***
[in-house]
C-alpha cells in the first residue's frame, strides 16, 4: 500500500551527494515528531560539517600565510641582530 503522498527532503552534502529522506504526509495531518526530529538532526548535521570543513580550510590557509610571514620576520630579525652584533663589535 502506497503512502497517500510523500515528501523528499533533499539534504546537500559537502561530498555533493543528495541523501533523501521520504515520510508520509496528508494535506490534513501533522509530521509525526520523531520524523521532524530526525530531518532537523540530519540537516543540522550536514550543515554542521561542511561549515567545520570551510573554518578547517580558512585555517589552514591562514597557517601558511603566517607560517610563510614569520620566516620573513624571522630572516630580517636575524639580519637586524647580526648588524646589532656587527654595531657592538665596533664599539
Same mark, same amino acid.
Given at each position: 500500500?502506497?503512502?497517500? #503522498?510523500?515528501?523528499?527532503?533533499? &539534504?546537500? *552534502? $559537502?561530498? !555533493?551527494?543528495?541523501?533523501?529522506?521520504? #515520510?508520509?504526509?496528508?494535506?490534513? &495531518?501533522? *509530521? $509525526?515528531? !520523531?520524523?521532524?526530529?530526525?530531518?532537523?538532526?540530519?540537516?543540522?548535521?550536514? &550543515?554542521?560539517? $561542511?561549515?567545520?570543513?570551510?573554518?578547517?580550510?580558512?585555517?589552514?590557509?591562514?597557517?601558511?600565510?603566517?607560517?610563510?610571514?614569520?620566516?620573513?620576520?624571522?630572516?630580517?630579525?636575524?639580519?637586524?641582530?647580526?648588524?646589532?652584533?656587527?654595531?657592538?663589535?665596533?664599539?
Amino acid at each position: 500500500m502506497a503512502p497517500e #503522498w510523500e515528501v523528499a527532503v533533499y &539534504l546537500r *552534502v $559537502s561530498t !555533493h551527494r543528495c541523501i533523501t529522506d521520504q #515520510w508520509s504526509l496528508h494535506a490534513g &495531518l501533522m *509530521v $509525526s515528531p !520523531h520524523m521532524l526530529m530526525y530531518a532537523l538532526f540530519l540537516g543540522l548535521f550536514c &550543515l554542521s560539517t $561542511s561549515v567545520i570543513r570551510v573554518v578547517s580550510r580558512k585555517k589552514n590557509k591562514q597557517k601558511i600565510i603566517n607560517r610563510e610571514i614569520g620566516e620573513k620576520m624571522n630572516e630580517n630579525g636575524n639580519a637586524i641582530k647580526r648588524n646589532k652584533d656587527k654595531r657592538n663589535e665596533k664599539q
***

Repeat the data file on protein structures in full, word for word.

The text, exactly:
[in-house]
C-alpha cells in the first residue's frame, strides 16, 4: 500500500551527494515528531560539517600565510641582530 503522498527532503552534502529522506504526509495531518526530529538532526548535521570543513580550510590557509610571514620576520630579525652584533663589535 502506497503512502497517500510523500515528501523528499533533499539534504546537500559537502561530498555533493543528495541523501533523501521520504515520510508520509496528508494535506490534513501533522509530521509525526520523531520524523521532524530526525530531518532537523540530519540537516543540522550536514550543515554542521561542511561549515567545520570551510573554518578547517580558512585555517589552514591562514597557517601558511603566517607560517610563510614569520620566516620573513624571522630572516630580517636575524639580519637586524647580526648588524646589532656587527654595531657592538665596533664599539
Same mark, same amino acid.
Given at each position: 500500500?502506497?503512502?497517500? #503522498?510523500?515528501?523528499?527532503?533533499? &539534504?546537500? *552534502? $559537502?561530498? !555533493?551527494?543528495?541523501?533523501?529522506?521520504? #515520510?508520509?504526509?496528508?494535506?490534513? &495531518?501533522? *509530521? $509525526?515528531? !520523531?520524523?521532524?526530529?530526525?530531518?532537523?538532526?540530519?540537516?543540522?548535521?550536514? &550543515?554542521?560539517? $561542511?561549515?567545520?570543513?570551510?573554518?578547517?580550510?580558512?585555517?589552514?590557509?591562514?597557517?601558511?600565510?603566517?607560517?610563510?610571514?614569520?620566516?620573513?620576520?624571522?630572516?630580517?630579525?636575524?639580519?637586524?641582530?647580526?648588524?646589532?652584533?656587527?654595531?657592538?663589535?665596533?664599539?
Amino acid at each position: 500500500m502506497a503512502p497517500e #503522498w510523500e515528501v523528499a527532503v533533499y &539534504l546537500r *552534502v $559537502s561530498t !555533493h551527494r543528495c541523501i533523501t529522506d521520504q #515520510w508520509s504526509l496528508h494535506a490534513g &495531518l501533522m *509530521v $509525526s515528531p !520523531h520524523m521532524l526530529m530526525y530531518a532537523l538532526f540530519l540537516g543540522l548535521f550536514c &550543515l554542521s560539517t $561542511s561549515v567545520i570543513r570551510v573554518v578547517s580550510r580558512k585555517k589552514n590557509k591562514q597557517k601558511i600565510i603566517n607560517r610563510e610571514i614569520g620566516e620573513k620576520m624571522n630572516e630580517n630579525g636575524n639580519a637586524i641582530k647580526r648588524n646589532k652584533d656587527k654595531r657592538n663589535e665596533k664599539q